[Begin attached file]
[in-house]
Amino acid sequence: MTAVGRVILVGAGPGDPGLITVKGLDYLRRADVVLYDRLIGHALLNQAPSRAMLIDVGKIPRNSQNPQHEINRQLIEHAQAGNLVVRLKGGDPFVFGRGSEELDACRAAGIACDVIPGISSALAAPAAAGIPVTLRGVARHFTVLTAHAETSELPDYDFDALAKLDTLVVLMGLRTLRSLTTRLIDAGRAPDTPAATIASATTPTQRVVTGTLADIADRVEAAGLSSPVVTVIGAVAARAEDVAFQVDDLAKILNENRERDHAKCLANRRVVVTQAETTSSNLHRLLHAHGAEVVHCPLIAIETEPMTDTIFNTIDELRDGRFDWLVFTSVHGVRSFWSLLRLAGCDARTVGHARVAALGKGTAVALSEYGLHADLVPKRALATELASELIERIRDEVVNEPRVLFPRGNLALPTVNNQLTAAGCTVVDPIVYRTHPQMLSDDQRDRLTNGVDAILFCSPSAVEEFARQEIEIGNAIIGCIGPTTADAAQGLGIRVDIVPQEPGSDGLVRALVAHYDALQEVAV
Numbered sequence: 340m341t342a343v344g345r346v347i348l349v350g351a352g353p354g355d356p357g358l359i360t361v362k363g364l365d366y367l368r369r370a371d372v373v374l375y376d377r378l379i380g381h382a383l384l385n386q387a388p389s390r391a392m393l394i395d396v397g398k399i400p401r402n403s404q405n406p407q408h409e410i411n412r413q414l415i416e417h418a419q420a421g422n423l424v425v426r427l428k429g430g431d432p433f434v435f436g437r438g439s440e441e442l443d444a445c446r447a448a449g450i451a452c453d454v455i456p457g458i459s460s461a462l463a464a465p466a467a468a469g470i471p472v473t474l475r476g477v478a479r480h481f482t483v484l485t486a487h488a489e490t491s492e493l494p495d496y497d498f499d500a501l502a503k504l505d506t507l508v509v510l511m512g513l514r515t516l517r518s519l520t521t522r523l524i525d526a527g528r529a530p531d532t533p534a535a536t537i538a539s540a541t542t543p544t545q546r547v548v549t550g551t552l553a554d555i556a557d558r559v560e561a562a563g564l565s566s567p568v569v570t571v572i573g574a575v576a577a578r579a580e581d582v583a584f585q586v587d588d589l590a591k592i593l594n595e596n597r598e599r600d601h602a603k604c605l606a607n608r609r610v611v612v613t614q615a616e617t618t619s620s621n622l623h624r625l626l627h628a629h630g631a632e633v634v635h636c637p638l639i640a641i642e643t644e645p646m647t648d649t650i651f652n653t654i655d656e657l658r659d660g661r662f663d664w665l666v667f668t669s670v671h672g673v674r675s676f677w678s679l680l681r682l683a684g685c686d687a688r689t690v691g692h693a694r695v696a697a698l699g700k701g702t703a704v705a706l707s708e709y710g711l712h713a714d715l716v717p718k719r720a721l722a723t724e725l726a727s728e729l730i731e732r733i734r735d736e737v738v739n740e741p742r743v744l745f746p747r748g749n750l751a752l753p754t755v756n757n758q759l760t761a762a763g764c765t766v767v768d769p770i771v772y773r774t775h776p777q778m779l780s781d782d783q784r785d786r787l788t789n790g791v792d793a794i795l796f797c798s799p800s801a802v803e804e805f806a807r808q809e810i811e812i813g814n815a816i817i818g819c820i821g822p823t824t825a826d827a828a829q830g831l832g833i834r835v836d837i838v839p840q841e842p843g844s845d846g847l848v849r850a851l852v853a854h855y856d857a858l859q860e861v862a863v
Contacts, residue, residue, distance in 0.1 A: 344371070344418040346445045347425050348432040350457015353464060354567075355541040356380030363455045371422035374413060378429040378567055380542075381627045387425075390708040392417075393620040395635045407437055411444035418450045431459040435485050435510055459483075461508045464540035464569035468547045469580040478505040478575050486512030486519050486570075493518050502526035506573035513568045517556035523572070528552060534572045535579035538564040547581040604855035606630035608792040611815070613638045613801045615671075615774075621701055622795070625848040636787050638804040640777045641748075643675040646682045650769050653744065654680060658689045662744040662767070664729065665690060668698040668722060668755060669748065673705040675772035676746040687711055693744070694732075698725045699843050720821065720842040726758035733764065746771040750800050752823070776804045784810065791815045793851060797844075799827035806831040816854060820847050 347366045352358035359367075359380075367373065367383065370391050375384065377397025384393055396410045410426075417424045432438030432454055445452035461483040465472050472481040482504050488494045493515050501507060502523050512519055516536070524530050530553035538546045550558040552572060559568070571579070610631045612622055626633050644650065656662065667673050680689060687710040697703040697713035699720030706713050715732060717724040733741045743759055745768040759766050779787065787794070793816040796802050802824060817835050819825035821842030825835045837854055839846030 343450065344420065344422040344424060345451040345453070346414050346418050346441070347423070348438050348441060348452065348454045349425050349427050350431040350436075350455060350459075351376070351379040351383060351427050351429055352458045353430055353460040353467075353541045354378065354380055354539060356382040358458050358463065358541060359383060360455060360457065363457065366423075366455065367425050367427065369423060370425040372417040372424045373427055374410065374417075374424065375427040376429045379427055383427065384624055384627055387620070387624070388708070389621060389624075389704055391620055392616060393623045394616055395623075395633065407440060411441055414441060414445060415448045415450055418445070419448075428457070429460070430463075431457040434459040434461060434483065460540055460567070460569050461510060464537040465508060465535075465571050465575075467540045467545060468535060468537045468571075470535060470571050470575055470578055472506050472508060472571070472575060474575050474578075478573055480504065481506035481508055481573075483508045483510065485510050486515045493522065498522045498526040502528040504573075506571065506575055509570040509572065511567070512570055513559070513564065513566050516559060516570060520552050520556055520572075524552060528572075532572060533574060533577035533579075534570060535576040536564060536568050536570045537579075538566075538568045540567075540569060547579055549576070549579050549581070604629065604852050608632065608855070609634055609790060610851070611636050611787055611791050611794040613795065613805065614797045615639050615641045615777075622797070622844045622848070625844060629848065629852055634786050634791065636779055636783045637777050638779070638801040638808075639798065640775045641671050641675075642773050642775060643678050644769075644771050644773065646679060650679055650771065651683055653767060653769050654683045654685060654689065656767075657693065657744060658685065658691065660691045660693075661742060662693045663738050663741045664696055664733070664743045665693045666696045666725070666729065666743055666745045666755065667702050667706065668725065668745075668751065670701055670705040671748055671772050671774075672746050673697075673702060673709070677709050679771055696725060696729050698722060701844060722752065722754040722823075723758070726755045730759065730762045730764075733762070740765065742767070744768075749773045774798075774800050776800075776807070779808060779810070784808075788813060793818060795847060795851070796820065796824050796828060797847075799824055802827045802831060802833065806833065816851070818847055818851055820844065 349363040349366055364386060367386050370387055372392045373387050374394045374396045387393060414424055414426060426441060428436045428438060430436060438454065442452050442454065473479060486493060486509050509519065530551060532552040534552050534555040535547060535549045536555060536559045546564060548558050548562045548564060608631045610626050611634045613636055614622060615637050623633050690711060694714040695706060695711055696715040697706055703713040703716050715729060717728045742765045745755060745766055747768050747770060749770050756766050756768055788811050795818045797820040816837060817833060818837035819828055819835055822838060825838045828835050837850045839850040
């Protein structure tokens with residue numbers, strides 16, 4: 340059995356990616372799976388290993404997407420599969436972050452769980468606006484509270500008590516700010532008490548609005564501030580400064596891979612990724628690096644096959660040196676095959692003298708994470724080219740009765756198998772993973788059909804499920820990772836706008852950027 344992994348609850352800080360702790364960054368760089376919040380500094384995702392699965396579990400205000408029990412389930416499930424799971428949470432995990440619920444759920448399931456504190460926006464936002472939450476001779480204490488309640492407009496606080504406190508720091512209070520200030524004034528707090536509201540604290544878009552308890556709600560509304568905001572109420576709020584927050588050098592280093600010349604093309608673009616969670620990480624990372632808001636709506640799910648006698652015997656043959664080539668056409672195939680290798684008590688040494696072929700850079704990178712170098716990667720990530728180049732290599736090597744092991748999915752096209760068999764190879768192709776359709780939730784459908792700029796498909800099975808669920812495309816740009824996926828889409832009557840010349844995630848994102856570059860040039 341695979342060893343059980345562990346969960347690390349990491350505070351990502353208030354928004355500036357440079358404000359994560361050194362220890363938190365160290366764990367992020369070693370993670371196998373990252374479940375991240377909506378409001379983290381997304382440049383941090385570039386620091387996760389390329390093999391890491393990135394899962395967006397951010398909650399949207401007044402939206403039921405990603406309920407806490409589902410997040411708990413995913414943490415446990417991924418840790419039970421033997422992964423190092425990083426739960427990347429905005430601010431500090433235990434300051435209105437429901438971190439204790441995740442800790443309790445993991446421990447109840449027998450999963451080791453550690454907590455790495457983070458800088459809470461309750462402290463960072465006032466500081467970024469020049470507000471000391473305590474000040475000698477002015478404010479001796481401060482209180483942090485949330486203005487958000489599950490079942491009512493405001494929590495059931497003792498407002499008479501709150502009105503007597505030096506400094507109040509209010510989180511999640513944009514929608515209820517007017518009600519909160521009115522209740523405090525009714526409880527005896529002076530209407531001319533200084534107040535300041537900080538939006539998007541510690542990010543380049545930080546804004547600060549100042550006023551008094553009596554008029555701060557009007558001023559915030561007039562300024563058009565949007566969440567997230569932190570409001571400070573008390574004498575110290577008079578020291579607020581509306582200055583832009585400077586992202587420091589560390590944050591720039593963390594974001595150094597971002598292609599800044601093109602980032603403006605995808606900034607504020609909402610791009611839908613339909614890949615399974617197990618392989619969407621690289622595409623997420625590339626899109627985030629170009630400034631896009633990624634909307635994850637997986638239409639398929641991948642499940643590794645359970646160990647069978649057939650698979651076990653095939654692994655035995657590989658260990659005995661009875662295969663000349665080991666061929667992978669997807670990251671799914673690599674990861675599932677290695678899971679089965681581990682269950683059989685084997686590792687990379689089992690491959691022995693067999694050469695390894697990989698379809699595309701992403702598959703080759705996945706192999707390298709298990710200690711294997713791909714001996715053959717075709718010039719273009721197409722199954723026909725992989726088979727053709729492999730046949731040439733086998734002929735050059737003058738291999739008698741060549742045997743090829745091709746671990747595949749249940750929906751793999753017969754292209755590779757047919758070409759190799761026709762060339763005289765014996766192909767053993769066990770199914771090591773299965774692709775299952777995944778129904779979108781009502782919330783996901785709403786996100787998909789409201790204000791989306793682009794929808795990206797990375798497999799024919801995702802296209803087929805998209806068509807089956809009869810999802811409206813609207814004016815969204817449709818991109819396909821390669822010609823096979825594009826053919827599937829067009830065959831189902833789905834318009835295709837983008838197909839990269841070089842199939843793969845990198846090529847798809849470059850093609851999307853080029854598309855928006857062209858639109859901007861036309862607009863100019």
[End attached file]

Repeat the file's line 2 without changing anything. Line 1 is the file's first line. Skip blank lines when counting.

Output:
Amino acid sequence: MTAVGRVILVGAGPGDPGLITVKGLDYLRRADVVLYDRLIGHALLNQAPSRAMLIDVGKIPRNSQNPQHEINRQLIEHAQAGNLVVRLKGGDPFVFGRGSEELDACRAAGIACDVIPGISSALAAPAAAGIPVTLRGVARHFTVLTAHAETSELPDYDFDALAKLDTLVVLMGLRTLRSLTTRLIDAGRAPDTPAATIASATTPTQRVVTGTLADIADRVEAAGLSSPVVTVIGAVAARAEDVAFQVDDLAKILNENRERDHAKCLANRRVVVTQAETTSSNLHRLLHAHGAEVVHCPLIAIETEPMTDTIFNTIDELRDGRFDWLVFTSVHGVRSFWSLLRLAGCDARTVGHARVAALGKGTAVALSEYGLHADLVPKRALATELASELIERIRDEVVNEPRVLFPRGNLALPTVNNQLTAAGCTVVDPIVYRTHPQMLSDDQRDRLTNGVDAILFCSPSAVEEFARQEIEIGNAIIGCIGPTTADAAQGLGIRVDIVPQEPGSDGLVRALVAHYDALQEVAV